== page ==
News   /   India

India building tunnel in Himalayas to get soldiers to Chinese border in 10 minutes

India's military trucks carrying supplies move towards forward areas in the Ladakh region, September 15, 2020. (Photo by Reuters)

India has stepped up an infrastructure program on the disputed Himalayan region to bring to an end the construction of a tunnel that will provide an all-weather route for its troops to get to the border with China in only ten minutes.

The $400-million tunnel in Himachal Pradesh state will enable the Indian military to get to the Chinese border without using a 50-kilometer trudge through mountain passes that are snow-bound in winter and subject to frequent landslides.

The tunnel, constructed at an altitude of more than 3,000 meters, will reportedly reduce the present four-hour journey through high-altitude crossings to a 10-minute distance through the mountains.

“There have been times on the pass route when vehicles have broken down, causing traffic jams of even six to eight hours," said Lieutenant-General Harpal Singh, head of India's Border Roads Organization (BRO).

"This tunnel and the other infrastructure plans change a lot for the troops," he added.

This is a picture of the construction site of Atal Rohtang Tunnel in India's Himalayan region. (File photo).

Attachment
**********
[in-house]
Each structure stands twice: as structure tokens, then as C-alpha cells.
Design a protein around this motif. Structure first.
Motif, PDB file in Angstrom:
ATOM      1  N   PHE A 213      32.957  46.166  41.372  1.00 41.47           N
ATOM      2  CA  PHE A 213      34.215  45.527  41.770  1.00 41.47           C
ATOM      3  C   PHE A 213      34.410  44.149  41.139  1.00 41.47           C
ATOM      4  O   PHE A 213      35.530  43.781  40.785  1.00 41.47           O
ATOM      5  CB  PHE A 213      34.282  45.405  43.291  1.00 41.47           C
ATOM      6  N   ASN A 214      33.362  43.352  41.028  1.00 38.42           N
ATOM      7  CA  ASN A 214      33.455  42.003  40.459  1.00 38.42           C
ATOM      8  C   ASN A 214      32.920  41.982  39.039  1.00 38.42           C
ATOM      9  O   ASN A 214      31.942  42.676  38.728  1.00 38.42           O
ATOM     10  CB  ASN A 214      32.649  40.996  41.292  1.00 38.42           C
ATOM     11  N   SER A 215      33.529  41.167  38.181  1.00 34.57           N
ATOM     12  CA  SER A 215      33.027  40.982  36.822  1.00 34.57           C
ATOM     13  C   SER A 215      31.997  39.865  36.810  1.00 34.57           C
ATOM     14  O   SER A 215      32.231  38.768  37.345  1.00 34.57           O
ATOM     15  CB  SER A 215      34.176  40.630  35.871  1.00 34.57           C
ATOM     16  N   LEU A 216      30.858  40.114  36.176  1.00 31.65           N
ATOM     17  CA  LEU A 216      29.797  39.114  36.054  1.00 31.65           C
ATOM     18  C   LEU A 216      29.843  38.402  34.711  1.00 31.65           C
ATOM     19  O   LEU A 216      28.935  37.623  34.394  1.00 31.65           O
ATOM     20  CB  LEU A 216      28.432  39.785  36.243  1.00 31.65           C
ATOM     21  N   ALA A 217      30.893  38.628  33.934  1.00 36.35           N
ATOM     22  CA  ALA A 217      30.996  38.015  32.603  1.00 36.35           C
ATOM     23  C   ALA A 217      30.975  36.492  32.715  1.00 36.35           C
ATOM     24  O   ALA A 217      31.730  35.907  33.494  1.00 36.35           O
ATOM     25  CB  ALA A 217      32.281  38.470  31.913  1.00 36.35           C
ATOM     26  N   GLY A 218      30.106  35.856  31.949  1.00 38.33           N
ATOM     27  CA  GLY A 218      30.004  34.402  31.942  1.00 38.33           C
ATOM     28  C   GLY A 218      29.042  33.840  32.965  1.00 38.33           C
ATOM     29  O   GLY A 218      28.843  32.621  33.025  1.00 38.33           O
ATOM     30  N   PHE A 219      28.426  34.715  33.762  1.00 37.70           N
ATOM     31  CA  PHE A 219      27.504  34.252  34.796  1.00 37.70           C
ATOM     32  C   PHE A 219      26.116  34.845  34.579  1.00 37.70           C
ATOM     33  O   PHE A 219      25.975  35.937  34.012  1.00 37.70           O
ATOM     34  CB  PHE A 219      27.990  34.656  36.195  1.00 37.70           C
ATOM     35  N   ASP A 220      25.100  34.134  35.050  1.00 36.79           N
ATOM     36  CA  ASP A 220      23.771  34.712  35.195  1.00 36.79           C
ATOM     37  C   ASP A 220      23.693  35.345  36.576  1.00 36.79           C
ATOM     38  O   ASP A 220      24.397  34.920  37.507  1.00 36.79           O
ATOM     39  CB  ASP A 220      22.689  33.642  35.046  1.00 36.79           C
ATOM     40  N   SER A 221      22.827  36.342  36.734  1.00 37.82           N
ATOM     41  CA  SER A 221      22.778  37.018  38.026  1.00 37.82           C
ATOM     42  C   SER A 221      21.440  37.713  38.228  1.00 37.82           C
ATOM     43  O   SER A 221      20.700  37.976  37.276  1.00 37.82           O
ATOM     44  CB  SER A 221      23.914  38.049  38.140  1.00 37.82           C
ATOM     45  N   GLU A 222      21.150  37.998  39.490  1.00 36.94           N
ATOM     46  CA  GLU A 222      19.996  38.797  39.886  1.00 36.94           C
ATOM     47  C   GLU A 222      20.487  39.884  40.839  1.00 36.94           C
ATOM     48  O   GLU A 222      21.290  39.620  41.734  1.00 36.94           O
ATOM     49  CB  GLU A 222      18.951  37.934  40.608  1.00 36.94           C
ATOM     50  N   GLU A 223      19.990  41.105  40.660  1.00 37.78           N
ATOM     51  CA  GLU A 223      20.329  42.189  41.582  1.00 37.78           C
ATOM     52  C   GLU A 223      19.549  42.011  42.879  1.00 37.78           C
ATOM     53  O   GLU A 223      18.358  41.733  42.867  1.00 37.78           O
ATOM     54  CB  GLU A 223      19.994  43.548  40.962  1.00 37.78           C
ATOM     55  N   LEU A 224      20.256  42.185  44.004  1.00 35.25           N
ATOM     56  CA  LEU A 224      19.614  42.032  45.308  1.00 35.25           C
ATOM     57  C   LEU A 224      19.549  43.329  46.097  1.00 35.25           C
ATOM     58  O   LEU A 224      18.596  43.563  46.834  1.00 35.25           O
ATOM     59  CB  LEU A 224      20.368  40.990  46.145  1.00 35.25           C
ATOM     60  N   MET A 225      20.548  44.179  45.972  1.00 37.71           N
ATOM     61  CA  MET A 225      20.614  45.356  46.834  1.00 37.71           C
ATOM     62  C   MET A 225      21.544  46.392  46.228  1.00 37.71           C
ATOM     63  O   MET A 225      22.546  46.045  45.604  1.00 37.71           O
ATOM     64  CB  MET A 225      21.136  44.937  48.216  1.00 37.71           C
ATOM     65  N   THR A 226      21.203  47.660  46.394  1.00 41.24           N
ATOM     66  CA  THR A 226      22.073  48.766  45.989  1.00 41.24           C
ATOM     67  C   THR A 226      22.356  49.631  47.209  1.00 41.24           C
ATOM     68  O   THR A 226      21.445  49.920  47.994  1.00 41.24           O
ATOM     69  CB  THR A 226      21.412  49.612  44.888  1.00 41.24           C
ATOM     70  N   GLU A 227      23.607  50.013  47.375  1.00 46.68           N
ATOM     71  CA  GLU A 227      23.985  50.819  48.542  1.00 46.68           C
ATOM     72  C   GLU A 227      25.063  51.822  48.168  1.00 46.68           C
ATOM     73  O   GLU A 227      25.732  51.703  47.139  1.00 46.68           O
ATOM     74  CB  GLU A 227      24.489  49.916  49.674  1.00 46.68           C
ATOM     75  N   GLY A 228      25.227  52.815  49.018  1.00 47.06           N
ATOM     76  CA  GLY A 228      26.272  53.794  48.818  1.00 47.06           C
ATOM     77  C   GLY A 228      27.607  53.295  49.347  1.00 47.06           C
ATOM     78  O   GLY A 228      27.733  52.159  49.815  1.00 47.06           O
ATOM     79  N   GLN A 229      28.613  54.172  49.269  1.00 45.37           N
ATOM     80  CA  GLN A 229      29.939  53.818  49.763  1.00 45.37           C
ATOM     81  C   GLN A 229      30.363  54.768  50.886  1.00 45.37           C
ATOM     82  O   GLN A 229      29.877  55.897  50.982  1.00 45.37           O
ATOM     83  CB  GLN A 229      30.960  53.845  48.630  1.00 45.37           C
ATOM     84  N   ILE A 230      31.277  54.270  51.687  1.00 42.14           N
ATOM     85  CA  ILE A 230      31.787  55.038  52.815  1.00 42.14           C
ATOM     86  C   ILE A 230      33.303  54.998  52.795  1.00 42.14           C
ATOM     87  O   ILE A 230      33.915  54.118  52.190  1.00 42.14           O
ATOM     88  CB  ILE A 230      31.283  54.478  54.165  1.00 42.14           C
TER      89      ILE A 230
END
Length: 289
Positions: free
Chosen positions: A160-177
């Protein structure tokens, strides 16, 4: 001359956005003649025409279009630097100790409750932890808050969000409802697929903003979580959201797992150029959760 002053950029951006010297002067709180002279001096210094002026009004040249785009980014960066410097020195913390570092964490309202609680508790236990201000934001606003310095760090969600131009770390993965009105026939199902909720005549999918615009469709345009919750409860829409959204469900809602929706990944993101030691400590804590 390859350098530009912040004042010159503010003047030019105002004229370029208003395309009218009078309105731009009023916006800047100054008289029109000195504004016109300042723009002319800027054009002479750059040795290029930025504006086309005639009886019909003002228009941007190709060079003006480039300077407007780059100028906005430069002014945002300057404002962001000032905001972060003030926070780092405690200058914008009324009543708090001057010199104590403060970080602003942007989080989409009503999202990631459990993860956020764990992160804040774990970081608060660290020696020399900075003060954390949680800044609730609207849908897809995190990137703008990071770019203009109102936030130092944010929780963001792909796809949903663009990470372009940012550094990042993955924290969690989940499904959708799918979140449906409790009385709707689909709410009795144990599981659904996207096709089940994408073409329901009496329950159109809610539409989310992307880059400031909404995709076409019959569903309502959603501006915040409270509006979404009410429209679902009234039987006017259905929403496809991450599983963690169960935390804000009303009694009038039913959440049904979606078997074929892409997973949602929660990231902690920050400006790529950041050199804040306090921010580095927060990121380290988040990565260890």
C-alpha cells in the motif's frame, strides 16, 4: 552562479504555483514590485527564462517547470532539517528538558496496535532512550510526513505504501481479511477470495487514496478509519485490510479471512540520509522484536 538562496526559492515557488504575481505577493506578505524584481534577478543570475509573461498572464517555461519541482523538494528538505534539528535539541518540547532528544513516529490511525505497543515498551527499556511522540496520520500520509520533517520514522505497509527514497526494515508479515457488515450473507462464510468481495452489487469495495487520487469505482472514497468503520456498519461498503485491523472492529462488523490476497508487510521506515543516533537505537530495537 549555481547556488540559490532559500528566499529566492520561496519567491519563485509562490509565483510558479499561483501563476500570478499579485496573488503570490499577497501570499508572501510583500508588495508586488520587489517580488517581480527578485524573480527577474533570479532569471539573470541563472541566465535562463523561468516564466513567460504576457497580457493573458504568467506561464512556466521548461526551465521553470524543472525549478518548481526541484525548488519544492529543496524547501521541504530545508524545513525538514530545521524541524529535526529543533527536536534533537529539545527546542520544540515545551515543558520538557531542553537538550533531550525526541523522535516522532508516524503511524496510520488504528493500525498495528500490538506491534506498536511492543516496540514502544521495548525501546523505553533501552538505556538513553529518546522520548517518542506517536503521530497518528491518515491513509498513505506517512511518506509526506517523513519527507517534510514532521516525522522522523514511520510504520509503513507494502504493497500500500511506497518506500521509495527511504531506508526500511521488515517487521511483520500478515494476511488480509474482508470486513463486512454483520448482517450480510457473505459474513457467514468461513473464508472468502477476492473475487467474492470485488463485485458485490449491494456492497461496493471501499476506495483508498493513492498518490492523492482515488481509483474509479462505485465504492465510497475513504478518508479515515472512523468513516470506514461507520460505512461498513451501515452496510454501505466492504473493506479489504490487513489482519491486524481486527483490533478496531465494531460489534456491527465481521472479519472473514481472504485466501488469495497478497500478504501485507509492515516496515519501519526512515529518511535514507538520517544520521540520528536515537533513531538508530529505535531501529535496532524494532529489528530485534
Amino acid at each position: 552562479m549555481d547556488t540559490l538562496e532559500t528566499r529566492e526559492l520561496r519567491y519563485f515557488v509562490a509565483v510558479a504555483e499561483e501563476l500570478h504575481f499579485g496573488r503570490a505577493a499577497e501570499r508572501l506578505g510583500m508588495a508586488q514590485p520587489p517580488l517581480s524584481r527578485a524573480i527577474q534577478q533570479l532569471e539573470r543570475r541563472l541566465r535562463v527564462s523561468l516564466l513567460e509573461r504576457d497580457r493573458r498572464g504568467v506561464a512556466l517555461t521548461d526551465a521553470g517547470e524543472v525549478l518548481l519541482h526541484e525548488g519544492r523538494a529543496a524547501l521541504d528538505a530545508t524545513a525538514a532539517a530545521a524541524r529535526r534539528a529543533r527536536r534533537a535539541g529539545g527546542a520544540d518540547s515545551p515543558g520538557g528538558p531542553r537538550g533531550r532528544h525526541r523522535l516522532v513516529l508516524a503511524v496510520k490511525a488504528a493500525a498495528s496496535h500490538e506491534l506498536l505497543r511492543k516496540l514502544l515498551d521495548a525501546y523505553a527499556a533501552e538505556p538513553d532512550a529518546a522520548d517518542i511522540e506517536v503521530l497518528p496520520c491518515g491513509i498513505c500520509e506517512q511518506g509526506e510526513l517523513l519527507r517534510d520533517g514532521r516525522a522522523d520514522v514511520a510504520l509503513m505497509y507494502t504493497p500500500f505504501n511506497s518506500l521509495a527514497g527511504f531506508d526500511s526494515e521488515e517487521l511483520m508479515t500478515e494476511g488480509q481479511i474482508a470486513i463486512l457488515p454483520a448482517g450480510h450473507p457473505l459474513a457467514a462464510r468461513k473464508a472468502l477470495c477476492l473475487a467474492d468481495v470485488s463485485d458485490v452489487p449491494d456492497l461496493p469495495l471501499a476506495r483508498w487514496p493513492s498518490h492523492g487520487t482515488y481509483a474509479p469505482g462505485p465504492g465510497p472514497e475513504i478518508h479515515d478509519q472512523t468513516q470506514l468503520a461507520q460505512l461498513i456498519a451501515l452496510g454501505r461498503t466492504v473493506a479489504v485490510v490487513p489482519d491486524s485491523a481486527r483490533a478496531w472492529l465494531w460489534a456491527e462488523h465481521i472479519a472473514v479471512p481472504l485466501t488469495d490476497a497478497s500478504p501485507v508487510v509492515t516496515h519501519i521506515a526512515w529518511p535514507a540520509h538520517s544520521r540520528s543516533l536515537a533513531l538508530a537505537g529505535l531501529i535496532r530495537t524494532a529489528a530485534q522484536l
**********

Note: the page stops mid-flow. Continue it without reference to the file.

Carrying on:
Laborers are working overtime to get the tunnel ready before Prime Minister Narendra Modi is due to open it later this month.

Currently, essential items such as arms, ammunition and food have to be transported up in bulk before winter starts in an area where temperatures can plunge to minus 40 Celsius (minus 40 Fahrenheit).

The construction work is part of New Delhi’s efforts to boost its military presence on the border with China, where escalated tensions have prompted the two nuclear powers to accuse each other of committing border aggression since last month.

Harsh Pant, from the Observer Research Foundation think-tank in New Delhi, said India's efforts only belatedly mirror those of China. "China and its infrastructure, is much stronger today,” he added.

India and China have engaged in renewed tensions since a clash in the Ladakh region in mid-June, which led to the death of 20 Indian troops.

Last week, diplomats from both countries agreed to take steps to restore “peace and tranquility” on their disputed Himalayan border.

Both countries, however, moved thousands of troops as well as tanks, artillery and fighter jets to areas close to the disputed border.

Indian police arming locals on China border

Meanwhile, Himachal Pradesh police chief Sanjay Kundu has proposed arming locals and training them to report possible Chinese threats.

In addition to the tunnel, India’s Border Roads Organization (BRO) said it has constructed more strategic roads near the border with China in the last four years than in the previous decade and that it aims to complete 15 more key routes by the end of 2021.

It is upgrading a recently-completed 250-kilometre stretch parallel to the Chinese frontier that cuts journey times from Ladakh's capital Leh from one week to less than a day.

Media reports also said that next month, all bridges along the route will be able to support the weight of a 70-tonne T-90 tank on a trailer, or a truck carrying a surface-to-air missile.

Press TV’s website can also be accessed at the following alternate addresses:

Press TV News Roku